At this second in the weekly series of briefings by the Brookings Institution on the confrontation with Iraq, the panel of Brookings experts will discuss the sharp split between the United States and some of its closest allies over whether or when to go to war to disarm Saddam Hussein.
France and Germany have voiced strong opposition to launching a war without giving United Nations inspectors more time to find weapons of mass destruction in Iraq. Russia also has indicated its opposition. President Bush has said the United States would act alone, if necessary, to disarm Saddam Hussein.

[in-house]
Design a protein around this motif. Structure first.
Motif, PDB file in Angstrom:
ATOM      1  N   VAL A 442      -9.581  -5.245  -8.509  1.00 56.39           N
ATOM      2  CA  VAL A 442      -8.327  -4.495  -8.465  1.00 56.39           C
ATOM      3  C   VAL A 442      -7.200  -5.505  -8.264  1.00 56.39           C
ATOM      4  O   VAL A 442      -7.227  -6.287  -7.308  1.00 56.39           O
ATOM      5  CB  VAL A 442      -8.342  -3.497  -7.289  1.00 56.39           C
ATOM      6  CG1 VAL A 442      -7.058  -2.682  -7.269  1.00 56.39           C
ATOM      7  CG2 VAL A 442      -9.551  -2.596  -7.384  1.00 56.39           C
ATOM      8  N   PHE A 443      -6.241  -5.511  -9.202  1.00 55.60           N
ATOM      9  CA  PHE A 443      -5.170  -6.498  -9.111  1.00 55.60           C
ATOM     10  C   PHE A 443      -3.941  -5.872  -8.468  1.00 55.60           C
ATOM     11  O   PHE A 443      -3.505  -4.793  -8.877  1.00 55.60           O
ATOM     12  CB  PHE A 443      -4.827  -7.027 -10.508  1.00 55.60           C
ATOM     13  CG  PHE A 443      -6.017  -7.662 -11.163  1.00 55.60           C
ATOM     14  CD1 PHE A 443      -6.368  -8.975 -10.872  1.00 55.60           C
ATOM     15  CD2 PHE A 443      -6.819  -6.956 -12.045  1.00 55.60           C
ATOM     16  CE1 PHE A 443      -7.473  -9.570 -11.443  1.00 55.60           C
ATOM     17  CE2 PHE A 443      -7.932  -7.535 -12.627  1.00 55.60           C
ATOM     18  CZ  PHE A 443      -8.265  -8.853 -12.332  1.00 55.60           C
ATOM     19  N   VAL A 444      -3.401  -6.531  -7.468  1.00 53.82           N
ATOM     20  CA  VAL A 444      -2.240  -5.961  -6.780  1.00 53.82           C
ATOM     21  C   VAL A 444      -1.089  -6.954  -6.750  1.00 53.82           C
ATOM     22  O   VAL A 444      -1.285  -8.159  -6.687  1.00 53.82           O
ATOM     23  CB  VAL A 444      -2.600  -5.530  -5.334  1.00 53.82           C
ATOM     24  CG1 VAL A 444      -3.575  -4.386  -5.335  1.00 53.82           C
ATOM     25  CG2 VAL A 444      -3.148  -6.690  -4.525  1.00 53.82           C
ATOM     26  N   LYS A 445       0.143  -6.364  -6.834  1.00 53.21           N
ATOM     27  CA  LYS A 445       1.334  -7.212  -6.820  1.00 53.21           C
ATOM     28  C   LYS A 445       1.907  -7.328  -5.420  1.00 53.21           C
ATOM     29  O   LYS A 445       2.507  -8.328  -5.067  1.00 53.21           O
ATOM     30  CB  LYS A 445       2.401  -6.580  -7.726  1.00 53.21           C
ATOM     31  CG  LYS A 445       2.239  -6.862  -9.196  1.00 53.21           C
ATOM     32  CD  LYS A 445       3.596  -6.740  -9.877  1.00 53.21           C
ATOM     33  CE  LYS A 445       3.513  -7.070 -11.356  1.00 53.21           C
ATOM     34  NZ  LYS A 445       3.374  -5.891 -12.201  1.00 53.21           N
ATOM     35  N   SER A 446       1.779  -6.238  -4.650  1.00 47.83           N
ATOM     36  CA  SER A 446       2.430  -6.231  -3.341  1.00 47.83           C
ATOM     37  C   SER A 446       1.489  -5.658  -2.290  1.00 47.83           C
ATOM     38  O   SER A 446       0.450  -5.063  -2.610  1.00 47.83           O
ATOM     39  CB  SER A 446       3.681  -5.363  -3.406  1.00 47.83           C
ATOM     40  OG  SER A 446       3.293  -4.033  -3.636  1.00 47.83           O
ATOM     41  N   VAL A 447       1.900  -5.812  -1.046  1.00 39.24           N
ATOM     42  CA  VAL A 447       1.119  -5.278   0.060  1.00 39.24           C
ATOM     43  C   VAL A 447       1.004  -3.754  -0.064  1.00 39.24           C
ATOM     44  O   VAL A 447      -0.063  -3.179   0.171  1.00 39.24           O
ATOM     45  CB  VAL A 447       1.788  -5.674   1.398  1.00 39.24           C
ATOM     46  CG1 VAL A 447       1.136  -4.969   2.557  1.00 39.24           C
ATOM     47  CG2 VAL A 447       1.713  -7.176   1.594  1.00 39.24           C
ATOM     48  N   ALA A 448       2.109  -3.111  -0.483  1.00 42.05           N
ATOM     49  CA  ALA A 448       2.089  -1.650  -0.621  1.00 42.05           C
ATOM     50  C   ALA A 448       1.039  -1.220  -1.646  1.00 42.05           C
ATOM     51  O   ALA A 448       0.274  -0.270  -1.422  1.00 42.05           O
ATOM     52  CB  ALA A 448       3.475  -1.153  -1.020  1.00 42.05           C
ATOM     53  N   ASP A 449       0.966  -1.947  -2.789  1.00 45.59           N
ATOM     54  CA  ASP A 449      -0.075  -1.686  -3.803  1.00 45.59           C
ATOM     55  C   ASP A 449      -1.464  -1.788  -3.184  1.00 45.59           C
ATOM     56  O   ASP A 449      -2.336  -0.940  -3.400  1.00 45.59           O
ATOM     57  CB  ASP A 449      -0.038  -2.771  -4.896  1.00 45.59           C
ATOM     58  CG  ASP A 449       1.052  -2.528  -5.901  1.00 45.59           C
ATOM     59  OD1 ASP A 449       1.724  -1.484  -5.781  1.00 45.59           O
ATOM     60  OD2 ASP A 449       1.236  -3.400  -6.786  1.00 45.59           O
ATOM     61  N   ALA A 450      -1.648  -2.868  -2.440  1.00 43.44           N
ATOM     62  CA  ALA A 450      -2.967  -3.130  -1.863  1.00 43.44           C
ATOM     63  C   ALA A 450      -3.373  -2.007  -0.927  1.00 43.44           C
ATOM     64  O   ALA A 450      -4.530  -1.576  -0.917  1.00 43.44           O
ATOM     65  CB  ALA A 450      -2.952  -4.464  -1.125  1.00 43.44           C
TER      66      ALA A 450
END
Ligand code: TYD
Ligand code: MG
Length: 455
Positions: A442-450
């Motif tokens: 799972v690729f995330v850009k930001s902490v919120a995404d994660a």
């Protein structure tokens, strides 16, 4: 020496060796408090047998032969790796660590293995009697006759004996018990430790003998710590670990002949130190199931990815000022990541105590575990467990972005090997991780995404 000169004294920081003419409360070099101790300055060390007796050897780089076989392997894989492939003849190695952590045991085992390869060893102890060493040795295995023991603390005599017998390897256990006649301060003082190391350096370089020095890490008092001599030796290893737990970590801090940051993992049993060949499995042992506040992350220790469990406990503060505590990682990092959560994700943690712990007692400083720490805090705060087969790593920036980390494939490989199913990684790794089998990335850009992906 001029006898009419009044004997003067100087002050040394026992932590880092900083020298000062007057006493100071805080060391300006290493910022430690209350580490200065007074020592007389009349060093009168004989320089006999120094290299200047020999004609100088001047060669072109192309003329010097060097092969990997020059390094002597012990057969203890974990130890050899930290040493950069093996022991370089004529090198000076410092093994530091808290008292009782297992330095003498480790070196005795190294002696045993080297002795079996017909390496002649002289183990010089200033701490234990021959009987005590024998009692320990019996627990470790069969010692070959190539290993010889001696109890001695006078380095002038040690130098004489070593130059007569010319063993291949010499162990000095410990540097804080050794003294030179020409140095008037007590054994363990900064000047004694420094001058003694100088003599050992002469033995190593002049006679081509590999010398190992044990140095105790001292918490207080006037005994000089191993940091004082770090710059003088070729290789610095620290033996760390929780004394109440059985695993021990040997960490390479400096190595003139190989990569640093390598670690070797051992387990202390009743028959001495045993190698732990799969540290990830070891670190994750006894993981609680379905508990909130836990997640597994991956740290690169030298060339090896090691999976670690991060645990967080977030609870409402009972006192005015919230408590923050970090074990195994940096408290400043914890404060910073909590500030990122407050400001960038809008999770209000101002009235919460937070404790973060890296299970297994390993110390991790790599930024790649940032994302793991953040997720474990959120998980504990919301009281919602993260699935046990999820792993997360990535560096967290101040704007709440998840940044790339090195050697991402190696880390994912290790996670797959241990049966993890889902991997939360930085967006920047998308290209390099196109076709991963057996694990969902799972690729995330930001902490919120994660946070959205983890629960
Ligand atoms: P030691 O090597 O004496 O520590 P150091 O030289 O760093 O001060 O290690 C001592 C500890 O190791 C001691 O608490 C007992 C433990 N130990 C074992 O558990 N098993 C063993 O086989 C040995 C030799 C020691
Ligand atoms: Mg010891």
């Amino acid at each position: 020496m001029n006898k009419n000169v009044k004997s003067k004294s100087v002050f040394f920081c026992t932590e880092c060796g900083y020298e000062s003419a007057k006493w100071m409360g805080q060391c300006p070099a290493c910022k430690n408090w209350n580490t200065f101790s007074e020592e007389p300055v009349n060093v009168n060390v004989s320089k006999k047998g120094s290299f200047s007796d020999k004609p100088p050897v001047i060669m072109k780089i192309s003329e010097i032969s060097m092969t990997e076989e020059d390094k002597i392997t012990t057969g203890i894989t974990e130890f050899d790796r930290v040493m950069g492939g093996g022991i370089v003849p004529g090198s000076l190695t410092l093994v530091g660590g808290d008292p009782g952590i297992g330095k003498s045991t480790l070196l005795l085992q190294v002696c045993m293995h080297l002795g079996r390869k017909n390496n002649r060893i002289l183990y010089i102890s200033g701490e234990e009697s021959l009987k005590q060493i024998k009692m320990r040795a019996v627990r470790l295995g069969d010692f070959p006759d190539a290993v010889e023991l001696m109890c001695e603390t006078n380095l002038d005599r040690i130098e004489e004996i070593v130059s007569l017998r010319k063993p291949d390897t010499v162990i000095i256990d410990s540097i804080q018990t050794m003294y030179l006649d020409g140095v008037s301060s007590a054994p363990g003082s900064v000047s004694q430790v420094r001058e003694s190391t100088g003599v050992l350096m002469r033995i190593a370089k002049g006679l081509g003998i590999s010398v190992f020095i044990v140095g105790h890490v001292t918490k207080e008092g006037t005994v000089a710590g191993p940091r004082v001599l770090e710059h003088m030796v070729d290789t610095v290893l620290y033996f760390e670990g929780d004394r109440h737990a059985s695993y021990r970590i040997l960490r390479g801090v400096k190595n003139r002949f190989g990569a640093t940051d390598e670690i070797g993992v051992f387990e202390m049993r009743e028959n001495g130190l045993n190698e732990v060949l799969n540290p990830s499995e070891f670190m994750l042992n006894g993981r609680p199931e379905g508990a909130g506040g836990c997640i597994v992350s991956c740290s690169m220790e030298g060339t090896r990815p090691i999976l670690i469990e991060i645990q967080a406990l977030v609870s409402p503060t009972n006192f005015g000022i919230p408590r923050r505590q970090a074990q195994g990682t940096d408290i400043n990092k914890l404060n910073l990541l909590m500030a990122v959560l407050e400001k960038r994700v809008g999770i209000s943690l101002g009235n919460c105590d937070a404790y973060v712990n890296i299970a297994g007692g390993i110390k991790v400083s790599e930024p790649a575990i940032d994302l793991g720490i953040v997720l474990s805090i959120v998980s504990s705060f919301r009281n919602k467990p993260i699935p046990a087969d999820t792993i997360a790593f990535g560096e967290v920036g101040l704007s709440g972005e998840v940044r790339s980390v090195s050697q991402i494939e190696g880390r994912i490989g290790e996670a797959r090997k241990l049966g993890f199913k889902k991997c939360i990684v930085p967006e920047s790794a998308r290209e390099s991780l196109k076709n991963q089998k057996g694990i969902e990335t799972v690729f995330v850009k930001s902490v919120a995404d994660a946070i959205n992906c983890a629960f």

Additionally, France, Germany, and Belgium are balking at making contingency plans for NATO to come to the aid of Turkey, a member of the organization, in case it is threatened by Iraq in any war. This is turning into one of the most divisive splits in NATO’s 50-year history.
PanelistsMichael E. O’Hanlon Director of Research - Foreign Policy, Director - Strobe Talbott Center for Security, Strategy, and Technology, Co-Director - Africa Security Initiative, Senior Fellow - Foreign Policy, Strobe Talbott Center for Security, Strategy, and Technology, Philip H. Knight Chair in Defense and StrategyPhilip H. Gordon Former Brookings Expert, Mary and David Boies Senior Fellow in U.S. Foreign Policy - Council on Foreign Relations